The couple had been in court the day before seeking to become Womack's legal guardians. Womack's natural mother protested their move and asked the court to name her Bobbi Jo's legal guardian. The judge set the matter for an April 29 trial, according to 2nd District Court records.

Eileen Womack says she can't understand why the Vosburghs wanted to become Bobbi Jo's guardians. "They always knew that when she turned 18, I wanted to become her guardian," Womack said.

Bobbi Jo lived with her mother for about seven years after the accident, but Eileen Womack placed her with a group home in Kaysville when Bobbi Jo's sometimes violent behavior became too difficult to manage, Womack said.

Tonya Vosburgh met Bobbi Jo while working at the group home and later asked her mother if the girl could live with the Vosburgh family. The mother consented, the affidavit said.

During the time Bobbi Jo lived with her mother, the trust fund, administered by Valley Bank and Trust, sent her about $200 a month, Womack said.

The Vosburghs received $1,820 a month for Womack's care from the $300,000 trust established after the car accident. The fund now has a balance of $147,000, according to court records.

The affidavit states a bank officer told investigators the Vos-burghs had called the bank and asked the trust officer to release additional money "for clothing and other incidental expenses."

Max Wheeler, Valley Bank's manager of trusts, told the Deseret News the bank may have been paying bills directly for Eileen Womack. He said caretakers other than natural parents usually receive larger trust payments toward care of a disabled person.

The couple at one time asked the bank officer "for a distribution of funds to purchase a home for $180,000 in which they would reside with Bobbi Jo," the affidavit states.

Tonya Vosburgh said neither she nor her husband had ever asked the bank for money to buy a house. But she said they had looked at a home with a price of $180,000. "(The bank officer) must have been mistaken," she said.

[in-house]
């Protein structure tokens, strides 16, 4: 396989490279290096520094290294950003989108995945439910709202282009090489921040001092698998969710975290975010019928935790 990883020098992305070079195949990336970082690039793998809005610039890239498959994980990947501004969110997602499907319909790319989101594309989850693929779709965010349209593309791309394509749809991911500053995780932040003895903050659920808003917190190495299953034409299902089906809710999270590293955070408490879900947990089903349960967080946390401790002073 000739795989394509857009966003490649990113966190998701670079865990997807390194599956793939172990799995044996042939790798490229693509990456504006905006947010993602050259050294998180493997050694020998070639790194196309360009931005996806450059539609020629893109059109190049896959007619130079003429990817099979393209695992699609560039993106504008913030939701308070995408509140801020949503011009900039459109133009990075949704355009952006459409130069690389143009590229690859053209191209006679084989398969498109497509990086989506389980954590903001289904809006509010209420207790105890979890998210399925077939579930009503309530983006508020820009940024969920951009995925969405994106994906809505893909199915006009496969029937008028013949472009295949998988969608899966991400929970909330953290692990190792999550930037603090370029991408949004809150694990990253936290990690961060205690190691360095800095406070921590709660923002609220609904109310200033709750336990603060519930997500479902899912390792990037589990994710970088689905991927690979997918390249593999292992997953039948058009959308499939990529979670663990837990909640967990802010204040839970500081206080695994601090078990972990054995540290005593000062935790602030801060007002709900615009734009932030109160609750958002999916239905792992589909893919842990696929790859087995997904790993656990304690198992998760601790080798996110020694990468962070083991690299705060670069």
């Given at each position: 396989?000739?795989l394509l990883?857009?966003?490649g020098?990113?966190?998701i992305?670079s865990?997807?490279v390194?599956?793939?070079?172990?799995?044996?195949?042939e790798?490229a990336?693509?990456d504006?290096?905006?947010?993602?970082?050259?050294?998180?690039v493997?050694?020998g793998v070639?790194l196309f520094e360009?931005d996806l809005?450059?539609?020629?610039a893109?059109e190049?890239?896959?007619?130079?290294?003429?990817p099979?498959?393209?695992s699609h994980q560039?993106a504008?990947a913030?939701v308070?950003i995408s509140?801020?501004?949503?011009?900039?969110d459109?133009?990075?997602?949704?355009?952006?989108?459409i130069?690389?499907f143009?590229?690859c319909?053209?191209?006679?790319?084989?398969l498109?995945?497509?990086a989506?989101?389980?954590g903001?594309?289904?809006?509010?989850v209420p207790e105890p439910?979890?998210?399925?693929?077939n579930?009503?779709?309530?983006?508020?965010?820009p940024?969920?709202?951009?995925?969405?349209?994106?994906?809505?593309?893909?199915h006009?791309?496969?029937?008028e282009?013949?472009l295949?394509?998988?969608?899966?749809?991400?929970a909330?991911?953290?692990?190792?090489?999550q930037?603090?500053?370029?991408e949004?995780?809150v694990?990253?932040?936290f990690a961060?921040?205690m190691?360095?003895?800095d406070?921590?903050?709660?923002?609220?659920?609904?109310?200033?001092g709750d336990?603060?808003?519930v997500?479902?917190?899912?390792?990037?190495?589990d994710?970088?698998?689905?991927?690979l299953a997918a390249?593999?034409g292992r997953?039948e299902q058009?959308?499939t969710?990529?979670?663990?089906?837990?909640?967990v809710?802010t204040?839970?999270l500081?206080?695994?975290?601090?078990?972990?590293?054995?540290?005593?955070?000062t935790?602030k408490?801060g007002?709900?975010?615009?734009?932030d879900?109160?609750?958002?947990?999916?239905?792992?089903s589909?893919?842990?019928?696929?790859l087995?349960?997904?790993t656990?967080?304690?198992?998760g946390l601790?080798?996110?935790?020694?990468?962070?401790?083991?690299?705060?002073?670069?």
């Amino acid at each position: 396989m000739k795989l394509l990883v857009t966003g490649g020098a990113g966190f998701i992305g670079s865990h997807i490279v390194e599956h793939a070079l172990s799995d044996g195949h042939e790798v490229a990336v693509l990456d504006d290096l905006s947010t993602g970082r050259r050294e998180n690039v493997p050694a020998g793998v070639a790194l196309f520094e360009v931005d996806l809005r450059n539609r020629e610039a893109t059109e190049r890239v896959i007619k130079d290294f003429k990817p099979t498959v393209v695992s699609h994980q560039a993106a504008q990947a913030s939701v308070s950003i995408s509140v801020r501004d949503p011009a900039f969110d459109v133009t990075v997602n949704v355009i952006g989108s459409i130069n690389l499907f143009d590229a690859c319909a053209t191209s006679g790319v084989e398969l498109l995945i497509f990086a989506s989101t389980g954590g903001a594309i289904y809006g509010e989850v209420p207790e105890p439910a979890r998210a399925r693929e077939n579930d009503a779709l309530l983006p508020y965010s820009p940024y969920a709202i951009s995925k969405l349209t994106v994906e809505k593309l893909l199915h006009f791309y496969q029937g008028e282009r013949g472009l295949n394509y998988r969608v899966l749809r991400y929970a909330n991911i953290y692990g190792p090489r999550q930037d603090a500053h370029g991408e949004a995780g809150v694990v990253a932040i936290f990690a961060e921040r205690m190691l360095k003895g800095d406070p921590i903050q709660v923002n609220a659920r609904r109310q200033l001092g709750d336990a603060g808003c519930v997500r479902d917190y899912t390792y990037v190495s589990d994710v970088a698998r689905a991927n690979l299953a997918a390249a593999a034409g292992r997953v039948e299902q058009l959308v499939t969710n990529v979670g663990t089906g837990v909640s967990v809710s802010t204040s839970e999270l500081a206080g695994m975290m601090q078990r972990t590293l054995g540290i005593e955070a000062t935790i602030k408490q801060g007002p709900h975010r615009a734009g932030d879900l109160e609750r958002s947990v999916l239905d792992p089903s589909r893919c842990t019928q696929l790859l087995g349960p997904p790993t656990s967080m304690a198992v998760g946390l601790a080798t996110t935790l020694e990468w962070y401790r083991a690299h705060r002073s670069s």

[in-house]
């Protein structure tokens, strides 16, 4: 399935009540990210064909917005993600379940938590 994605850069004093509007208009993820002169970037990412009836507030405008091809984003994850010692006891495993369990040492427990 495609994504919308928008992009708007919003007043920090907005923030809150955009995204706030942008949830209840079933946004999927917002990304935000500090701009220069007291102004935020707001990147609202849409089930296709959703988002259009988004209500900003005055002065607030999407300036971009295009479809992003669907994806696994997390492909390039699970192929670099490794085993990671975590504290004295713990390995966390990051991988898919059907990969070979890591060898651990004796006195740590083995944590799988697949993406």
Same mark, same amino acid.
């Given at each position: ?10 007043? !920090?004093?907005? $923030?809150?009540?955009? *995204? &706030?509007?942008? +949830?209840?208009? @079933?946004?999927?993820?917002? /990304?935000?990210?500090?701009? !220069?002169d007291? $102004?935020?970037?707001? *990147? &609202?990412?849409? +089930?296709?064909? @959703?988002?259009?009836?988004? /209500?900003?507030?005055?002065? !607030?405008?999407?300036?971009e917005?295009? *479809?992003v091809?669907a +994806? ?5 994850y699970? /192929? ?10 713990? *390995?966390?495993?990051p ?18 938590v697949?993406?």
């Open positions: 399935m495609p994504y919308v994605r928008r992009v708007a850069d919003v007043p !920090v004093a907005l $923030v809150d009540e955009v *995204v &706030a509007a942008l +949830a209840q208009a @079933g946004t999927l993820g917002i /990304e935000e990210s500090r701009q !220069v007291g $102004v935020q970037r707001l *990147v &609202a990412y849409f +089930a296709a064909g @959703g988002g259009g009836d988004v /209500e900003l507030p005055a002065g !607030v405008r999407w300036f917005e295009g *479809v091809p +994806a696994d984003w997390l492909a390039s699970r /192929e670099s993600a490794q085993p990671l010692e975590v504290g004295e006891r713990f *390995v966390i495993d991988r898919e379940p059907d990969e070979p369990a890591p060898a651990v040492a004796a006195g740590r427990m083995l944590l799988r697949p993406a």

Detectives executed the two search warrants last Friday, one to take the measurements of the garage and the second to search the trunk of a car registered to Tonya Vosburgh.

They asked a judge for the second warrant after learning from a Layton assistant fire chief that the car's trunk contained letters addressed to John and Tonya Vos-burgh "that appeared to be from collection agencies or billings of some nature," Ball wrote.

The detective seized about 50 pieces of mail from the car. He also said he saw documents at the fire scene indicating the couple had filed for bankruptcy on May 30, 1991. He later learned the bankruptcy was discharged in September 1991 but said he "spoke with other individuals whose statements indicate that the Vosburghs' financial situation was still in jeopardy," the affidavit said.

Tonja Vosburgh told the Deseret News the family's finances now "are fine."

Ball called the Davis County constable's office and learned, according to the affidavit, that the following actions had been taken involving the Vosburghs:

- A December 1991 summons from the Credit Bureau of Ogden.

- An October 1992 small-claims action against Tonya Vosburgh for unpaid rent.

- Two garnishments on John Vosburgh's paycheck.

- A January 1993 summons currently outstanding for a phone bill in Bobbi Jo's name.

- Papers from Knight Adjustment Bureau in Bobbi Jo's name.